An NHS watchdog is taking too long to assess cancer drugs which could potentially save lives, a charity says.
New cancer drugs are constantly being developed
CancerBACUP warned patients could die waiting for the National Institute for Health and Clinical Excellence (Nice) to complete deliberations.
The charity is concerned that budget cuts, which have forced the closure of one of the three appraisal committees, will further slow the process.
Nice said it was crucial that new treatments were properly assessed.
Among the treatments flagged by CancerBACUP in its "dossier of delay" is Herceptin.
Trials suggest the drug could be of great benefit for women with early stage breast cancer.
But according to the charity, it could be 2009 before the treatment is widely available on the NHS under the current appraisal process.
The charity is calling for the Nice to introduce a system of fast-tracking for cancer treatments which have shown significant results.
On average treatments take a year to go through the appraisal process, although some cancer drugs can take up to two years.
Nice guidance on colon cancer treatment Eloxatin, which can give a 23% reduction in the risk of the cancer returning within two years, is not due until May 2006.
And guidance on Cetuximab for head and neck cancers, which can give a 7% increase in survival rates over 2 years, is not due until June 2007.
CancerBACUP chief executive Joanne Rule said: "When people read about these treatments in the newspapers, they ring us up wanting to know how soon they will be available.
"Sadly, we have to tell them that it could take years before they are widely available on the NHS.
"For many, that could be too late. We have to find a way of speeding up the time it takes for Nice to approve all cancer treatments and introduce a fast-tracking process for exceptional cancer treatments.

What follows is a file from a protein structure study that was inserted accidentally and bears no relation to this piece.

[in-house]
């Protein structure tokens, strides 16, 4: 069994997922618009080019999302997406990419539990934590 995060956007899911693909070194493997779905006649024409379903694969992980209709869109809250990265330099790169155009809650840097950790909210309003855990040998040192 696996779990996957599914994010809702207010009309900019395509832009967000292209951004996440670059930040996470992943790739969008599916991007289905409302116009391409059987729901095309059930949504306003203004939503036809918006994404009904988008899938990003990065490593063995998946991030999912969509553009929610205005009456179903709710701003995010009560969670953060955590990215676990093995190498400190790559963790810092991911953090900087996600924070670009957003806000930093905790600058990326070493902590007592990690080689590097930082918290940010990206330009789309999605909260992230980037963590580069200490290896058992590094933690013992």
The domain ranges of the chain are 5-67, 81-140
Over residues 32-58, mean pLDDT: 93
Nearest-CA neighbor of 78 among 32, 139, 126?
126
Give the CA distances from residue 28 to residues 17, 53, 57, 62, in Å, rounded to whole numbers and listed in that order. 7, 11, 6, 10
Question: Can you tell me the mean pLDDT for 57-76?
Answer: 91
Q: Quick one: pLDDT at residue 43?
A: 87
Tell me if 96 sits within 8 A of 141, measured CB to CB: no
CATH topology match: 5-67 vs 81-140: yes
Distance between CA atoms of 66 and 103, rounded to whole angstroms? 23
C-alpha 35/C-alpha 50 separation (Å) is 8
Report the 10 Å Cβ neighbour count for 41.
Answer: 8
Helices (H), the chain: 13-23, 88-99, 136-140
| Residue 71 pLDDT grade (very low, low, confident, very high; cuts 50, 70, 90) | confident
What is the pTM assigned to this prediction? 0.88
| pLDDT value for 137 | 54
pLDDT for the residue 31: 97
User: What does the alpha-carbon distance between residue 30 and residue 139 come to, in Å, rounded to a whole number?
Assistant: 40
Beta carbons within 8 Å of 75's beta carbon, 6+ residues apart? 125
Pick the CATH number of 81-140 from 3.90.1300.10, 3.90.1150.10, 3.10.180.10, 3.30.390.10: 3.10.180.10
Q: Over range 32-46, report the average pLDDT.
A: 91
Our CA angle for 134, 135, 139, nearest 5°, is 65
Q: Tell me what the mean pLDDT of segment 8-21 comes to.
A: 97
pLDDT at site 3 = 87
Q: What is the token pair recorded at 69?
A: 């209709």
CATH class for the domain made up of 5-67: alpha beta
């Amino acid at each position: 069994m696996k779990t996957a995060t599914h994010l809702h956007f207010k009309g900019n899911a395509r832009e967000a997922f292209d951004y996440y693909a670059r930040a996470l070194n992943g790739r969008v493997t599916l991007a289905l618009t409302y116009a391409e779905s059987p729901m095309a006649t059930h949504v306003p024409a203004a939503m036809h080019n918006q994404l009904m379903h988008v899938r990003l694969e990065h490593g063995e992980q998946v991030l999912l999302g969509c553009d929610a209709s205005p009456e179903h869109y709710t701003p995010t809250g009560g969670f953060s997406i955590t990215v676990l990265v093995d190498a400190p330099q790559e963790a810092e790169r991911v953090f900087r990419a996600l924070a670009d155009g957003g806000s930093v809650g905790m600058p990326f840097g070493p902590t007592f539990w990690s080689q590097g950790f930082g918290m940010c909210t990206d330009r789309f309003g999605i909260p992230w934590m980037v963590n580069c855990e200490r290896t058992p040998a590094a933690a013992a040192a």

"These delays compound existing problems of post code prescribing of cancer treatments which we have highlighted in the past."
Nice issued a statement in which it said claims of delays were misleading.
In particular, it said Herceptin was not currently licensed for the treatment of early-stage breast cancer, and so Nice was not in a position to consider the drug.
Andrew Dillon, Nice chief executive, said the decision to scrap the third appraisal committee would extend the assessment process for some treatments by around four months.
He said: "Whilst we are aware that for many cancer patients time is of the essence, we feel that it is important that we do not rush decision on drugs that have the potential to improve the quality of life for thousands of patients over many years.
"A rushed decision without considering all the evidence could result in a less favourable appraisal of these drugs, and therefore fewer patients benefiting in the longer term."
Mr Dillon said there was no ban on prescribing drugs that had not been appraised by Nice.
A Department of Health spokesman said: "Treatments should not be withheld because guidance from Nice is not available.
"In these circumstances we expect clinicians to take full account of the
available evidence when reaching decisions on patients' treatment."